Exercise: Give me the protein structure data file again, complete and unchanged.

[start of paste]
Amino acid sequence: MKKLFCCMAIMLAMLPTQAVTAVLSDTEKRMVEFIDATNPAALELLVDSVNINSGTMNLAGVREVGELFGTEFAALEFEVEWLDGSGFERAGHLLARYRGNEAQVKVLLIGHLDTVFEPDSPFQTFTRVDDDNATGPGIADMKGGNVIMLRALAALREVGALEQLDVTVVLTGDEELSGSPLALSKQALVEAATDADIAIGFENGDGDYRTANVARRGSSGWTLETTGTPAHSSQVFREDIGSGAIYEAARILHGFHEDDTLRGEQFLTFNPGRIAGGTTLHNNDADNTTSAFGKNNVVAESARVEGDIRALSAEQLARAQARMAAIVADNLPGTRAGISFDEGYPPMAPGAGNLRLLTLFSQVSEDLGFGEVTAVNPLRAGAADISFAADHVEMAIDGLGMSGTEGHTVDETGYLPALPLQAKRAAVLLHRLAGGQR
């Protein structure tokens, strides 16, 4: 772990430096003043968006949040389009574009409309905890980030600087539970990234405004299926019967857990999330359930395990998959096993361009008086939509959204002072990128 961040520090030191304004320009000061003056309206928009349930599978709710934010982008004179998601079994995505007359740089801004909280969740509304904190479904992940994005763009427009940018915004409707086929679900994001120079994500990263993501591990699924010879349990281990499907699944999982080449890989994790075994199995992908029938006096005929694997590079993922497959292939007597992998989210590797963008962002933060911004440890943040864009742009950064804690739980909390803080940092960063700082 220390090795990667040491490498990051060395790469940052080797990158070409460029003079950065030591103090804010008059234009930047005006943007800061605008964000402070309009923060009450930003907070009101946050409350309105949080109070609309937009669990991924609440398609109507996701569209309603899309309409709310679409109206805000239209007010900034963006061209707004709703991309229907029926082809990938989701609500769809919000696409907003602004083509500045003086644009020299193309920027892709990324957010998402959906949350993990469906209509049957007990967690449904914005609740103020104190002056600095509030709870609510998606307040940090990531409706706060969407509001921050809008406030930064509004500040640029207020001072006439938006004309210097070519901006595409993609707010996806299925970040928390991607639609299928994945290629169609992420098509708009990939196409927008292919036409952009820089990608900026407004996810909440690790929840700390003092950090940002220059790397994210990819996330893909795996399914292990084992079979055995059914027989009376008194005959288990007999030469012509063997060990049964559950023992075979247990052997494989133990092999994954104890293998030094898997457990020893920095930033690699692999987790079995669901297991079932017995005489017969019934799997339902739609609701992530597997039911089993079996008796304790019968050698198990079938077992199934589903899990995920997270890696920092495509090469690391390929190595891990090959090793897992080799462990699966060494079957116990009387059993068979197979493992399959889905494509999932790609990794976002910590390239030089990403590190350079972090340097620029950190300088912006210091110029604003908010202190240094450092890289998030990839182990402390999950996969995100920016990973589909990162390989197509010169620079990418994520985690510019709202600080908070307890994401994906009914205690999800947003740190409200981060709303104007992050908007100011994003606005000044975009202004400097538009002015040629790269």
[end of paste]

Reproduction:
Amino acid sequence: MKKLFCCMAIMLAMLPTQAVTAVLSDTEKRMVEFIDATNPAALELLVDSVNINSGTMNLAGVREVGELFGTEFAALEFEVEWLDGSGFERAGHLLARYRGNEAQVKVLLIGHLDTVFEPDSPFQTFTRVDDDNATGPGIADMKGGNVIMLRALAALREVGALEQLDVTVVLTGDEELSGSPLALSKQALVEAATDADIAIGFENGDGDYRTANVARRGSSGWTLETTGTPAHSSQVFREDIGSGAIYEAARILHGFHEDDTLRGEQFLTFNPGRIAGGTTLHNNDADNTTSAFGKNNVVAESARVEGDIRALSAEQLARAQARMAAIVADNLPGTRAGISFDEGYPPMAPGAGNLRLLTLFSQVSEDLGFGEVTAVNPLRAGAADISFAADHVEMAIDGLGMSGTEGHTVDETGYLPALPLQAKRAAVLLHRLAGGQR
């Protein structure tokens, strides 16, 4: 772990430096003043968006949040389009574009409309905890980030600087539970990234405004299926019967857990999330359930395990998959096993361009008086939509959204002072990128 961040520090030191304004320009000061003056309206928009349930599978709710934010982008004179998601079994995505007359740089801004909280969740509304904190479904992940994005763009427009940018915004409707086929679900994001120079994500990263993501591990699924010879349990281990499907699944999982080449890989994790075994199995992908029938006096005929694997590079993922497959292939007597992998989210590797963008962002933060911004440890943040864009742009950064804690739980909390803080940092960063700082 220390090795990667040491490498990051060395790469940052080797990158070409460029003079950065030591103090804010008059234009930047005006943007800061605008964000402070309009923060009450930003907070009101946050409350309105949080109070609309937009669990991924609440398609109507996701569209309603899309309409709310679409109206805000239209007010900034963006061209707004709703991309229907029926082809990938989701609500769809919000696409907003602004083509500045003086644009020299193309920027892709990324957010998402959906949350993990469906209509049957007990967690449904914005609740103020104190002056600095509030709870609510998606307040940090990531409706706060969407509001921050809008406030930064509004500040640029207020001072006439938006004309210097070519901006595409993609707010996806299925970040928390991607639609299928994945290629169609992420098509708009990939196409927008292919036409952009820089990608900026407004996810909440690790929840700390003092950090940002220059790397994210990819996330893909795996399914292990084992079979055995059914027989009376008194005959288990007999030469012509063997060990049964559950023992075979247990052997494989133990092999994954104890293998030094898997457990020893920095930033690699692999987790079995669901297991079932017995005489017969019934799997339902739609609701992530597997039911089993079996008796304790019968050698198990079938077992199934589903899990995920997270890696920092495509090469690391390929190595891990090959090793897992080799462990699966060494079957116990009387059993068979197979493992399959889905494509999932790609990794976002910590390239030089990403590190350079972090340097620029950190300088912006210091110029604003908010202190240094450092890289998030990839182990402390999950996969995100920016990973589909990162390989197509010169620079990418994520985690510019709202600080908070307890994401994906009914205690999800947003740190409200981060709303104007992050908007100011994003606005000044975009202004400097538009002015040629790269």